Both terror organizations, which avowedly seek to destroy Israel, have fought successive wars against the Jewish state from Gaza over the last decade.

Talk of Palestinian reconciliation has come back to the forefront in recent days as Palestinian Authority President Mahmoud Abbas has again declared his intention to hold pan-Palestinian elections. Several previous such announcements have flopped before, however, most recently this past September.

What Biden’s nuclear policy will look like

What could Biden’s nuclear policy look like?

King County sits only miles away from one-third of the deployed U.S. nuclear arsenal.

Aaron Kunkler

Tuesday, January 12, 2021 11:47am

The ballistic-missile submarine USS Henry M. Jackson (SSBN 730) arrives home at Naval Base Kitsap-Bangor following a strategic deterrent patrol in this 2015 file photo. (U.S. Navy photo by Lt. Cmdr. Brian Badura/Released)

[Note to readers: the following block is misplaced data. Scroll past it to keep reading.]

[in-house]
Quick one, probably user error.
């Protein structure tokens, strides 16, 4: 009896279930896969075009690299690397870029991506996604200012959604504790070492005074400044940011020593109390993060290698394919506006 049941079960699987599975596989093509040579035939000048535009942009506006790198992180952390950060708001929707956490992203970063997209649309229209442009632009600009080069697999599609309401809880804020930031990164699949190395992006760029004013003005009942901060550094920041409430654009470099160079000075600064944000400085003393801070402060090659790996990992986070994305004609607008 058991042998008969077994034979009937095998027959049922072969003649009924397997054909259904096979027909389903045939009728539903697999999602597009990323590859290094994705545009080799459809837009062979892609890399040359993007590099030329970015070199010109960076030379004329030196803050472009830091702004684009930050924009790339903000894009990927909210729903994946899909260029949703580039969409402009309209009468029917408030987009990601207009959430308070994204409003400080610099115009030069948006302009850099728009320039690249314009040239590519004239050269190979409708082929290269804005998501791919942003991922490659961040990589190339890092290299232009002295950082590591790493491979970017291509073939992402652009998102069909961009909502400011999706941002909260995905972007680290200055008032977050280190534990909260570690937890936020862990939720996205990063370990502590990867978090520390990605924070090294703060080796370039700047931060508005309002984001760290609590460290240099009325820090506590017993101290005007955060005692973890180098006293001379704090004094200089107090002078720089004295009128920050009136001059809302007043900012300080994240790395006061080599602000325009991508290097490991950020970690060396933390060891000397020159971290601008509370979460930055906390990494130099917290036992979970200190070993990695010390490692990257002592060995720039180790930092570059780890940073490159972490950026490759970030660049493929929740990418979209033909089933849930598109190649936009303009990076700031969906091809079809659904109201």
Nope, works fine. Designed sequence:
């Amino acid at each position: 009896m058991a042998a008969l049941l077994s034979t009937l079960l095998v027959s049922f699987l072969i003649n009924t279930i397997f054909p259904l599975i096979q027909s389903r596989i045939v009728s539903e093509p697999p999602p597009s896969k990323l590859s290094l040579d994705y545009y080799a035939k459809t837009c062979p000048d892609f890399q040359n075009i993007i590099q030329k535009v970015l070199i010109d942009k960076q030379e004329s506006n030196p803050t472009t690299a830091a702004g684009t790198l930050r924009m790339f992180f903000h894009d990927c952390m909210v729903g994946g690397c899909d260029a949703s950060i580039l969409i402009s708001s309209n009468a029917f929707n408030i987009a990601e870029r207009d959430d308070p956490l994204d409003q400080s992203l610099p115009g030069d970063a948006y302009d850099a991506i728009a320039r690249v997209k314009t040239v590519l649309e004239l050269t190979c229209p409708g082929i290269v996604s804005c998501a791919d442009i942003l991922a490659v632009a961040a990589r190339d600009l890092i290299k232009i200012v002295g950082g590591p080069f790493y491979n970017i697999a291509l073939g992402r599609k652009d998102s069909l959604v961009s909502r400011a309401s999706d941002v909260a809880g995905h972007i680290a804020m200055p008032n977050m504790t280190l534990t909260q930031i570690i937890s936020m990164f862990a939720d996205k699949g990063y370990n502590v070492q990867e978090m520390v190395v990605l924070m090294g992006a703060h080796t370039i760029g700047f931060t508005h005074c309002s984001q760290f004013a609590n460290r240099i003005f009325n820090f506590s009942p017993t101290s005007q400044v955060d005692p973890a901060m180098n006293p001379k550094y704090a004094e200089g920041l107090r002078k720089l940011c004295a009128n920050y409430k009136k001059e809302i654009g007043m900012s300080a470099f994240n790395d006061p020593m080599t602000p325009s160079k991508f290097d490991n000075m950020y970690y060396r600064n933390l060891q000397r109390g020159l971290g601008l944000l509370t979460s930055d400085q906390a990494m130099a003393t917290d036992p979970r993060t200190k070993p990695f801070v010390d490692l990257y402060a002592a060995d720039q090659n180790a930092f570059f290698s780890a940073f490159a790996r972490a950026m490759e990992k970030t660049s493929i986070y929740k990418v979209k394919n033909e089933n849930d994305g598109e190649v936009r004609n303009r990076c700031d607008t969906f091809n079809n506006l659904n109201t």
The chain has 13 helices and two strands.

For Leonard Eiger, having the U.S. Navy’s entire Pacific fleet of nuclear-armed submarines only a short excursion away doesn’t sit well with him.

The longtime anti-nuclear weapons activist and former North Bend resident has for decades worked to educate Puget Sound residents about Naval Base Kitsap Bangor, which houses around one-third of the nuclear weapons that are actively deployed. Eight of the 14 Ohio-class submarines, which carry powerful nuclear weapons, are stationed out of the base in Kitsap County.

For me there’s a real futility in thinking of, and preparing to fight, a nuclear war,” Eiger said. “Because any nuclear war, any nuclear exchange between the U.S. and Russia, is game over.”

Eiger lived in North Bend for 26 years, before recently moving to the San Juan Islands. He’s been involved with the Ground Zero Center for Nonviolent Action, which stages demonstrations against — and education campaigns about — nuclear weapons.

As the Donald Trump administration winds down, he’s hoping that a Joe Biden presidency will mark a turning point in the way the U.S. approaches nuclear weapons.